While I sat there, the afternoon sun began to think about dropping below the peaks to the west and it immediately became a little bit dimmer. Almost reluctantly, I set off again because I had no real idea how much of the valley remained and I certainly did not want to be trapped there in the dark. The sun may have been less intense, but because of the still stifling heat I felt compelled to miss the “photo opportunities” offered by Zabriskie Point. Climbing up there, I feared, might just kill me !

On and on I went, the valley did seem endless and soon in the rapidly growing dusk, the Funeral Mountains rising steeply to my left had only their very tops lit up. It was quite dark before I finally came to the end of the park at the Death Valley Junction.

Of course, at the junction, I had what I call an “only in America” moment.

The junction, where the Route 190 met the Route 127, was actually a crossroads and a small road led directly ahead. Las Vegas, where I intended to head to the next day, was clearly sign posted to the left – and also, equally clearly, to the right. The distances shown were almost identical. A large, silvery moon was just coming over the horizon and, in both directions, the road disappeared into the kind of impenetrable blackness that indicates a total lack of civilisation. This was not good. I needed to find somewhere to sleep and, in those days, we did not have Google Maps. There was nothing I could do but toss a mental coin. My mental processes clicked and I headed off to my right, which I supposed was probably south.

It is funny the way things turn out. The next twenty five miles and thirty minutes or so will remain with me always in the very best of ways.

I could not really see it, because it was black, but it was quickly apparent that the road surface was very good indeed. It was so smooth that if felt brand new (as indeed I found it was, when I could see it the next morning). It had an easily visible central white line and was clearly edged with white lines and as well. As a bonus, it seemed to be composed of an endless series of long, but gentle, curves in both directions that, overall, kept it roughly straight. In the, by that time, bright light of a huge moon, it was almost like riding in daylight. The surface, after such a hot day, was still a little sticky and even the relatively heavy Fat Boy felt absolutely glued to the road. I was not “scratching”, but I was probably as close to it as you can ever get to it on a 300 plus kilogram, touring Harley-Davidson. But that was not all. Again, I could not see it, but the road obviously ran through Sage Brush. I know because I could smell it. It was not a faint aroma, but, again probably due to the very hot day just passed, almost like a tangible wall of scent – and if you have ever smelled it, you will know that is a pleasant aroma indeed. The road, the sage, the moonlight – I was in biking heaven.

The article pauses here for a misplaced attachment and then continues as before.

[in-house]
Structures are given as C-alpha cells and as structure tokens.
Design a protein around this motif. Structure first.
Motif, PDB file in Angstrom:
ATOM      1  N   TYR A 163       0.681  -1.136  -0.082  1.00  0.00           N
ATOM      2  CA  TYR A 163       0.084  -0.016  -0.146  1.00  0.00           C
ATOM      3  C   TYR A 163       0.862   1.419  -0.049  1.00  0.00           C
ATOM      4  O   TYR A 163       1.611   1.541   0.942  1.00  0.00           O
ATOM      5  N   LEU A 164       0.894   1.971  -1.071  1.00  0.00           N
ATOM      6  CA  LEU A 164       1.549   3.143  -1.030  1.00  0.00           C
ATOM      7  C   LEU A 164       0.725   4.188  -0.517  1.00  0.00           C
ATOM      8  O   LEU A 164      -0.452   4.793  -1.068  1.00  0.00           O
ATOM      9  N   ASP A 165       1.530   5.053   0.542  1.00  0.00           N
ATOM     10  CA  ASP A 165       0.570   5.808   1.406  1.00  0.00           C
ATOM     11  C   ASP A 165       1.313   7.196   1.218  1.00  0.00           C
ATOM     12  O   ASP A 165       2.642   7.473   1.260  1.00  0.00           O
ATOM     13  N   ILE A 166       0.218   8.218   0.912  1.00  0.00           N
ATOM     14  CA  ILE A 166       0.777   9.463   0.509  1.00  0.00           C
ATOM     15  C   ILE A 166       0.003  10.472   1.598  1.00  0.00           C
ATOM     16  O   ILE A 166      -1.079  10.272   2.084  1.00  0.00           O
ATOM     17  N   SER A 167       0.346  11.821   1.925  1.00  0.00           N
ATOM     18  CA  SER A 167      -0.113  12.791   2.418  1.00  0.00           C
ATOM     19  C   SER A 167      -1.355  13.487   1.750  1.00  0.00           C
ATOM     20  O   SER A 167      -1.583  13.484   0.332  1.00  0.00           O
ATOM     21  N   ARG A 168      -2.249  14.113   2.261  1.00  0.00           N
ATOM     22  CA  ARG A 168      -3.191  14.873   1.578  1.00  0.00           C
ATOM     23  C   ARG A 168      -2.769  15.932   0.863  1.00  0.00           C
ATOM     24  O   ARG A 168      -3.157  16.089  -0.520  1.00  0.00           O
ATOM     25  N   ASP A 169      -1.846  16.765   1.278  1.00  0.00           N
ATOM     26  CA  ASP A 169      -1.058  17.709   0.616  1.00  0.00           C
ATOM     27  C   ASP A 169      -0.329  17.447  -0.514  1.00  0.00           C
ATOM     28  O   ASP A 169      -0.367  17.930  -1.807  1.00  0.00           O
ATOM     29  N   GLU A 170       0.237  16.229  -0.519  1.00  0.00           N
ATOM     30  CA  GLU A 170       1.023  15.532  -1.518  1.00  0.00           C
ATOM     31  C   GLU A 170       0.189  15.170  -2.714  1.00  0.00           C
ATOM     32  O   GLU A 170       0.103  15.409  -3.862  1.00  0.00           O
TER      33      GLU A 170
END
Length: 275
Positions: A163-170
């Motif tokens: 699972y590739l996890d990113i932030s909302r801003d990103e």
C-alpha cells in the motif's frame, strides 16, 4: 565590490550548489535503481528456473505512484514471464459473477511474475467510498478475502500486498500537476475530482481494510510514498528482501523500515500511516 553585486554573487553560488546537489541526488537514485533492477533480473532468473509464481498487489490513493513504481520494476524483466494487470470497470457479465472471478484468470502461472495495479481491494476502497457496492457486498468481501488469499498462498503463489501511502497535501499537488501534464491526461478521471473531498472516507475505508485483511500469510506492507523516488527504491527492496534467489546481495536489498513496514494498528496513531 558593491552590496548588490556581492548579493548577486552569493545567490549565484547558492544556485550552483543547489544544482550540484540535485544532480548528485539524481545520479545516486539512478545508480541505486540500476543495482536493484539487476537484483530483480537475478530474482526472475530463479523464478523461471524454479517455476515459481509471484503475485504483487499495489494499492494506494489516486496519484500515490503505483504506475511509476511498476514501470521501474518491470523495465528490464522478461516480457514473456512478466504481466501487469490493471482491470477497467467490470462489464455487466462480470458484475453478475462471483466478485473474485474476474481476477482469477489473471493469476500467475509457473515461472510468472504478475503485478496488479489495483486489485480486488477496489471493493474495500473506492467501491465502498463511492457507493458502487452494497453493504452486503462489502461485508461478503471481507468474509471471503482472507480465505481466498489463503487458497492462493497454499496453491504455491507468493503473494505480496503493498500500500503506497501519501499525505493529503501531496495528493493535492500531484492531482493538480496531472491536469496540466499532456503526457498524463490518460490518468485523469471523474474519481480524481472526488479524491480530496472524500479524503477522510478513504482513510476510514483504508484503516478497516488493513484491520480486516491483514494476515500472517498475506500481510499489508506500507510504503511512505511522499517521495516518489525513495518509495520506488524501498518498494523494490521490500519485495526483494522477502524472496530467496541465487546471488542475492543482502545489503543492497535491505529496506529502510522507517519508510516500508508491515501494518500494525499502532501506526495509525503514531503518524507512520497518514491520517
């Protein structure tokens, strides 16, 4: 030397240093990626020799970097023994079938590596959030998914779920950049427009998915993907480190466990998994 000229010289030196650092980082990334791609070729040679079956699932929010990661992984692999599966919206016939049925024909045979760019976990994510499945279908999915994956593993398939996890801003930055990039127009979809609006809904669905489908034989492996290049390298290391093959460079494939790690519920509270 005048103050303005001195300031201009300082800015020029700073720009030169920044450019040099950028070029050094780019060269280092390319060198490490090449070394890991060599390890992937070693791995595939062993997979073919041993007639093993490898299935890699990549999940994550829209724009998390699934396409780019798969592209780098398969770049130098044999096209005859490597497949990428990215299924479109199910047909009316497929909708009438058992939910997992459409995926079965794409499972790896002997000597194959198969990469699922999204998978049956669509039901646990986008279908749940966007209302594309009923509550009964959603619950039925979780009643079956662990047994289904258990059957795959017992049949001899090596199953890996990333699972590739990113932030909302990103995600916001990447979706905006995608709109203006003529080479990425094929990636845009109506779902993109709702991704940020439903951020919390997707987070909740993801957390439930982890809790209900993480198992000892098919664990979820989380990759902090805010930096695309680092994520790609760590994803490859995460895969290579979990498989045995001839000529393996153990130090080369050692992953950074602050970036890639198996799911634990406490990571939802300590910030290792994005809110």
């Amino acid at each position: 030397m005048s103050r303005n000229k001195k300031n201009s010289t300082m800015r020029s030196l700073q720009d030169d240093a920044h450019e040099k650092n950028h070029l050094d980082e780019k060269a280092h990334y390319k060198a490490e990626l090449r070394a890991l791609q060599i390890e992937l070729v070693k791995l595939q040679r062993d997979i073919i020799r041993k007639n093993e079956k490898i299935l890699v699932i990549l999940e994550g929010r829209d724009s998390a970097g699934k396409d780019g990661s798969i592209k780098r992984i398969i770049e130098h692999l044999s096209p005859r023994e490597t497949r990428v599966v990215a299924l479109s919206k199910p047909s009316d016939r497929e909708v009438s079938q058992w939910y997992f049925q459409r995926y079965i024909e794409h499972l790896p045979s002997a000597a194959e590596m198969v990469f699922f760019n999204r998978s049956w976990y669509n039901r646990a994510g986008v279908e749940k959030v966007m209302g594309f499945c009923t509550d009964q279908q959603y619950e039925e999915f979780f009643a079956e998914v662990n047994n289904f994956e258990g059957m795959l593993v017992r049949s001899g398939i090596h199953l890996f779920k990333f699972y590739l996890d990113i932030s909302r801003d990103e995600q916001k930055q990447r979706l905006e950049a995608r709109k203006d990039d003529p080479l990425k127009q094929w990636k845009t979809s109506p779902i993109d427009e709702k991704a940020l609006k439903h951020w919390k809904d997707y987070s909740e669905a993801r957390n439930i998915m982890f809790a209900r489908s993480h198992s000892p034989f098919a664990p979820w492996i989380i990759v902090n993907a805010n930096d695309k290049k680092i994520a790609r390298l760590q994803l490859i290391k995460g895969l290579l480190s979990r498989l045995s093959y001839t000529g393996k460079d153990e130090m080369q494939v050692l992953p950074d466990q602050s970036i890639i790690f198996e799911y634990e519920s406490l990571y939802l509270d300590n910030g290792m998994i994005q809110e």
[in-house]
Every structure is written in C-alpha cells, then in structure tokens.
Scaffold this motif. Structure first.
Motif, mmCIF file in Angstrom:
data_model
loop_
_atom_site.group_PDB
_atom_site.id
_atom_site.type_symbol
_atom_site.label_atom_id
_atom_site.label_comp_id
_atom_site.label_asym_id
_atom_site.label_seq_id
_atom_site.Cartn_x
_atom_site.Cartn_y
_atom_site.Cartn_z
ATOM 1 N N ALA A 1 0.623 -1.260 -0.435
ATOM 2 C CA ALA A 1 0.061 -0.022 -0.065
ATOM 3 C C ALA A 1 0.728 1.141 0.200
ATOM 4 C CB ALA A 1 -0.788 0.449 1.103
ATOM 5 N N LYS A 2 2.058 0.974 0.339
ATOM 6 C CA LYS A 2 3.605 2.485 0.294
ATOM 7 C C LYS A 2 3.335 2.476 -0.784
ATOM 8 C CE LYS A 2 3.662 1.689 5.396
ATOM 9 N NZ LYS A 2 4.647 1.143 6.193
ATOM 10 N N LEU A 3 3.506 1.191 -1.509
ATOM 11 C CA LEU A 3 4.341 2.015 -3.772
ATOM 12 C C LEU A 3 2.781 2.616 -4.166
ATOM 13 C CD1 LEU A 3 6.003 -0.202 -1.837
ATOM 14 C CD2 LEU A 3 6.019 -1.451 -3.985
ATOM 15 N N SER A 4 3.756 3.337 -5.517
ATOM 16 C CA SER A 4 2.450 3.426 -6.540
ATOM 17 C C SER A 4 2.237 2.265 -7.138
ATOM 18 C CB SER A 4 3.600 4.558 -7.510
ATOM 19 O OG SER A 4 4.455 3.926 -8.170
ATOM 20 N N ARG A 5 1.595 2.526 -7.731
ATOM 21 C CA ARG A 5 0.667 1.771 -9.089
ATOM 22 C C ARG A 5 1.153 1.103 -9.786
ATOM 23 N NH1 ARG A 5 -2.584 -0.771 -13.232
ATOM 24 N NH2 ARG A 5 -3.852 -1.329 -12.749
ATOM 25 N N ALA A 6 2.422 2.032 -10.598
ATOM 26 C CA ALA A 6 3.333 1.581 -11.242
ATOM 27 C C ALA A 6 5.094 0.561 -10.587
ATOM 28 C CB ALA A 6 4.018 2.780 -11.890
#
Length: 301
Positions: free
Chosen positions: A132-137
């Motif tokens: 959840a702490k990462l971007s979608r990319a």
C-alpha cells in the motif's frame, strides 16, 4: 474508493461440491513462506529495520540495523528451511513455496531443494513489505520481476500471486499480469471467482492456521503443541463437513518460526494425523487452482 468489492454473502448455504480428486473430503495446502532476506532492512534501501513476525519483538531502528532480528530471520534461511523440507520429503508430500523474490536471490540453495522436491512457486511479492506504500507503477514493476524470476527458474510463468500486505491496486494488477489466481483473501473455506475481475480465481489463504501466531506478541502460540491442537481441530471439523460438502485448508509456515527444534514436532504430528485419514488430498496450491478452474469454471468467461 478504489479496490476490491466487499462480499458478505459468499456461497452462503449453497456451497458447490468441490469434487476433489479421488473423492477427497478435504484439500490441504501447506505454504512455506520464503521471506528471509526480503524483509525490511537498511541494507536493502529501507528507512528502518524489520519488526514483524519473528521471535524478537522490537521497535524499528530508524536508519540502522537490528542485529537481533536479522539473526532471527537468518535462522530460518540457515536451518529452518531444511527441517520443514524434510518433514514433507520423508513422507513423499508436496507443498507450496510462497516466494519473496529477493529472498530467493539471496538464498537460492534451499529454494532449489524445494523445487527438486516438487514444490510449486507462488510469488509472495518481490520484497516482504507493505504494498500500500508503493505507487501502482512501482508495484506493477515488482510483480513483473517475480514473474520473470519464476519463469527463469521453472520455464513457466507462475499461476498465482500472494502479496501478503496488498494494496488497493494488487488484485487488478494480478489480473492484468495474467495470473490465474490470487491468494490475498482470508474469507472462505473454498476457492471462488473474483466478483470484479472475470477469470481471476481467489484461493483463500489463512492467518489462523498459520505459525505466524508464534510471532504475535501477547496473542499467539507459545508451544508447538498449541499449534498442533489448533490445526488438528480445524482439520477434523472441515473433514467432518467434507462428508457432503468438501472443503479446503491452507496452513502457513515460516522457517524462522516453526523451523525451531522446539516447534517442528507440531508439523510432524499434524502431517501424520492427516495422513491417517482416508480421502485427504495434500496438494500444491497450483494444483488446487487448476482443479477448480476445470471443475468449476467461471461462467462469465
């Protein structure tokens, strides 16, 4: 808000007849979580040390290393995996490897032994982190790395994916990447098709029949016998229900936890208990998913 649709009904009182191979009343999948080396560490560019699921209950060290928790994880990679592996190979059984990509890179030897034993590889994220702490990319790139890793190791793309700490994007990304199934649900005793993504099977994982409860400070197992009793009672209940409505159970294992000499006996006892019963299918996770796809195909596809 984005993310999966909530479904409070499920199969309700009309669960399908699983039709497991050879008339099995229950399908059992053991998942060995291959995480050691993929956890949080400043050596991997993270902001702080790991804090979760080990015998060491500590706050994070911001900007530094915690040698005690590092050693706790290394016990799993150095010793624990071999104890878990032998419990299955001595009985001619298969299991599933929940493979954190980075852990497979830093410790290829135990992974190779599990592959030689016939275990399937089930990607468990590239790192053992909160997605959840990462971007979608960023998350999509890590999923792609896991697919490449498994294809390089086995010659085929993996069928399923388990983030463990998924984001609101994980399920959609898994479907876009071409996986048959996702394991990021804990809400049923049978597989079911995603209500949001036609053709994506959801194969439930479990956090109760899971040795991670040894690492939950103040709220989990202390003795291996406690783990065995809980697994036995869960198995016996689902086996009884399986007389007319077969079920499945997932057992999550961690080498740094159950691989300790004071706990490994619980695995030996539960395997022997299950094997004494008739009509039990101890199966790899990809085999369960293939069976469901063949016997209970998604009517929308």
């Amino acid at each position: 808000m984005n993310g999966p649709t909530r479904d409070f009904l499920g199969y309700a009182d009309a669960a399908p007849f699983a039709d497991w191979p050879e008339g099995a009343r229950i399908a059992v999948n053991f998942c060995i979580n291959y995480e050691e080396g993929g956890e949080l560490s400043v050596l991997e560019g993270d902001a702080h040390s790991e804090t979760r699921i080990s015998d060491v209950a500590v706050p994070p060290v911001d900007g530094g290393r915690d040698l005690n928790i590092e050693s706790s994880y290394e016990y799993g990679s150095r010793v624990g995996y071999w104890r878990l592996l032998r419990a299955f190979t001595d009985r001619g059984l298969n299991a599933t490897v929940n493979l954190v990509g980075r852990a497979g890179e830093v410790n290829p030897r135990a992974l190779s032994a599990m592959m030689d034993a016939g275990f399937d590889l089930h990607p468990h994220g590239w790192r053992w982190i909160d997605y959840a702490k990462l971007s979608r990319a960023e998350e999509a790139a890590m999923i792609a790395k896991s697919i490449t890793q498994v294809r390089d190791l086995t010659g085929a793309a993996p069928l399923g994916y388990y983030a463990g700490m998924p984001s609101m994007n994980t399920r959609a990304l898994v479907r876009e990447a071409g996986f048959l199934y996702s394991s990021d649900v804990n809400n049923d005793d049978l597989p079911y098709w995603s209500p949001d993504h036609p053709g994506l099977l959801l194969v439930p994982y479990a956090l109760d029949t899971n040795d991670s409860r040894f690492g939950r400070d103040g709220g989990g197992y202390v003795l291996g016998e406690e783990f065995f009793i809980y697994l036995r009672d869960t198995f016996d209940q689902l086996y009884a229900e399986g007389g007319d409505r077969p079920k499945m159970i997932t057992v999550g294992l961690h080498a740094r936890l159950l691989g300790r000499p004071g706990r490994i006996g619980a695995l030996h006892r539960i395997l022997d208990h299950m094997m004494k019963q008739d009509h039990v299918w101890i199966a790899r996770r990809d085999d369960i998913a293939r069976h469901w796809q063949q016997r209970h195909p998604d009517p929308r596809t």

Finally, as it says in the lyrics of “Hotel California”, by the Eagles, “Up ahead in the distance, I saw a shimmering light”. This eventually resolved itself to be a sign, not for a hotel, but for a Chevron petrol station and a few minutes later I rolled into the little town of Shoshone.

I did not need petrol, that would wait for the morning, but I was hungry and I did need a bed for the night.

Immediately before the petrol station was the Shoshone Inn (113 Old State Hwy 127, Shoshone, CA 92384) where I was quickly checked in by a very cheerful lady. She pointed me at the Crowbar Cafe and Saloon (Old State Hwy 127, Shoshone, CA 92384), which was on the other side of the highway, more or less directly opposite and told me to make sure I bought back a bottle of beer when I returned. When I queried this, she said the hotel had a small thermal pool which would be a good place to relax after a hard day in the saddle …..

I ate a good steak, for once I was so hungry that it went down easily and then, clutching two beers, returned to the hotel. I grabbed a towel and headed out back where I easily found the pool. It was warm and, as I had been told I was the only guest, I stripped off all my clothes and sat in it. The smell of the sage was still all pervading, the stars were bright, the moon was so huge I almost felt I could touch it and the thermal waters were VERY relaxing. In my heart I know that life can get better than that, but at that moment I would have struggled to describe exactly how.

Eventually, I dragged myself out and back to my room where, as usual, I fell into a dreamless sleep.